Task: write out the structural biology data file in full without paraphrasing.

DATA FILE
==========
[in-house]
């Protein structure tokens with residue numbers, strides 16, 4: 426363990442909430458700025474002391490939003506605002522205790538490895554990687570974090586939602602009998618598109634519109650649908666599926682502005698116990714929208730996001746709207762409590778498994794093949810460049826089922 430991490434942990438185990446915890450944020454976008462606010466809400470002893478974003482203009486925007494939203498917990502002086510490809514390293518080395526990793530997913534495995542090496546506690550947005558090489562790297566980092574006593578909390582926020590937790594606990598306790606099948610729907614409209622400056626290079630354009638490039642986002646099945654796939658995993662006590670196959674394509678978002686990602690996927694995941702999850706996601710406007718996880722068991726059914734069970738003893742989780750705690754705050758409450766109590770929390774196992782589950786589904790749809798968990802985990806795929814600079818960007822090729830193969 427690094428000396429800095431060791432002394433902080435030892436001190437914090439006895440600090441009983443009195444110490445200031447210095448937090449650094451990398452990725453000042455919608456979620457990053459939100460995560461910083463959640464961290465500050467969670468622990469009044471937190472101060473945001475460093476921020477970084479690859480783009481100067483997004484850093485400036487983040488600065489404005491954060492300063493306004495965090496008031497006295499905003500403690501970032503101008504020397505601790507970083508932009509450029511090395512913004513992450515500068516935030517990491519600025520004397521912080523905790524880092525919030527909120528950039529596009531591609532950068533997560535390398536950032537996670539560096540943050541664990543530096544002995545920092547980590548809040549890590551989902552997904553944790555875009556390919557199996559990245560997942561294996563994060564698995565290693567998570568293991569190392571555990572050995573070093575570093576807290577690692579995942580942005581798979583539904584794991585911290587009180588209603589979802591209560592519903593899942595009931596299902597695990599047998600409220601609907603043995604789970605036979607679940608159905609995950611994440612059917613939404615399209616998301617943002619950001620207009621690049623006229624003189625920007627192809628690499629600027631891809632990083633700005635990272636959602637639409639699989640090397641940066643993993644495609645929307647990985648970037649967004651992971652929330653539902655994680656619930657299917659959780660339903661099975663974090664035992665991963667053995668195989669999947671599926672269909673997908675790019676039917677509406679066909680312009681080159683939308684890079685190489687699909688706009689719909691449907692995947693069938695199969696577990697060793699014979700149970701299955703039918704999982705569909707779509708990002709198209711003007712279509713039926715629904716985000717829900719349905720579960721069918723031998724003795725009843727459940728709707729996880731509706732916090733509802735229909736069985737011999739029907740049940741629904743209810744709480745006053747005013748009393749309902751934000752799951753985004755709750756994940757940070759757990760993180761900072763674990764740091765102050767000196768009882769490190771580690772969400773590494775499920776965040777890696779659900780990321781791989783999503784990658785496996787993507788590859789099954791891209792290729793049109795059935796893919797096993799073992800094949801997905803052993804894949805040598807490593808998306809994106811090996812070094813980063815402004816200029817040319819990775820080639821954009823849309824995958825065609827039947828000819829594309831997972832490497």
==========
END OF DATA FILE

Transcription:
[in-house]
């Protein structure tokens with residue numbers, strides 16, 4: 426363990442909430458700025474002391490939003506605002522205790538490895554990687570974090586939602602009998618598109634519109650649908666599926682502005698116990714929208730996001746709207762409590778498994794093949810460049826089922 430991490434942990438185990446915890450944020454976008462606010466809400470002893478974003482203009486925007494939203498917990502002086510490809514390293518080395526990793530997913534495995542090496546506690550947005558090489562790297566980092574006593578909390582926020590937790594606990598306790606099948610729907614409209622400056626290079630354009638490039642986002646099945654796939658995993662006590670196959674394509678978002686990602690996927694995941702999850706996601710406007718996880722068991726059914734069970738003893742989780750705690754705050758409450766109590770929390774196992782589950786589904790749809798968990802985990806795929814600079818960007822090729830193969 427690094428000396429800095431060791432002394433902080435030892436001190437914090439006895440600090441009983443009195444110490445200031447210095448937090449650094451990398452990725453000042455919608456979620457990053459939100460995560461910083463959640464961290465500050467969670468622990469009044471937190472101060473945001475460093476921020477970084479690859480783009481100067483997004484850093485400036487983040488600065489404005491954060492300063493306004495965090496008031497006295499905003500403690501970032503101008504020397505601790507970083508932009509450029511090395512913004513992450515500068516935030517990491519600025520004397521912080523905790524880092525919030527909120528950039529596009531591609532950068533997560535390398536950032537996670539560096540943050541664990543530096544002995545920092547980590548809040549890590551989902552997904553944790555875009556390919557199996559990245560997942561294996563994060564698995565290693567998570568293991569190392571555990572050995573070093575570093576807290577690692579995942580942005581798979583539904584794991585911290587009180588209603589979802591209560592519903593899942595009931596299902597695990599047998600409220601609907603043995604789970605036979607679940608159905609995950611994440612059917613939404615399209616998301617943002619950001620207009621690049623006229624003189625920007627192809628690499629600027631891809632990083633700005635990272636959602637639409639699989640090397641940066643993993644495609645929307647990985648970037649967004651992971652929330653539902655994680656619930657299917659959780660339903661099975663974090664035992665991963667053995668195989669999947671599926672269909673997908675790019676039917677509406679066909680312009681080159683939308684890079685190489687699909688706009689719909691449907692995947693069938695199969696577990697060793699014979700149970701299955703039918704999982705569909707779509708990002709198209711003007712279509713039926715629904716985000717829900719349905720579960721069918723031998724003795725009843727459940728709707729996880731509706732916090733509802735229909736069985737011999739029907740049940741629904743209810744709480745006053747005013748009393749309902751934000752799951753985004755709750756994940757940070759757990760993180761900072763674990764740091765102050767000196768009882769490190771580690772969400773590494775499920776965040777890696779659900780990321781791989783999503784990658785496996787993507788590859789099954791891209792290729793049109795059935796893919797096993799073992800094949801997905803052993804894949805040598807490593808998306809994106811090996812070094813980063815402004816200029817040319819990775820080639821954009823849309824995958825065609827039947828000819829594309831997972832490497």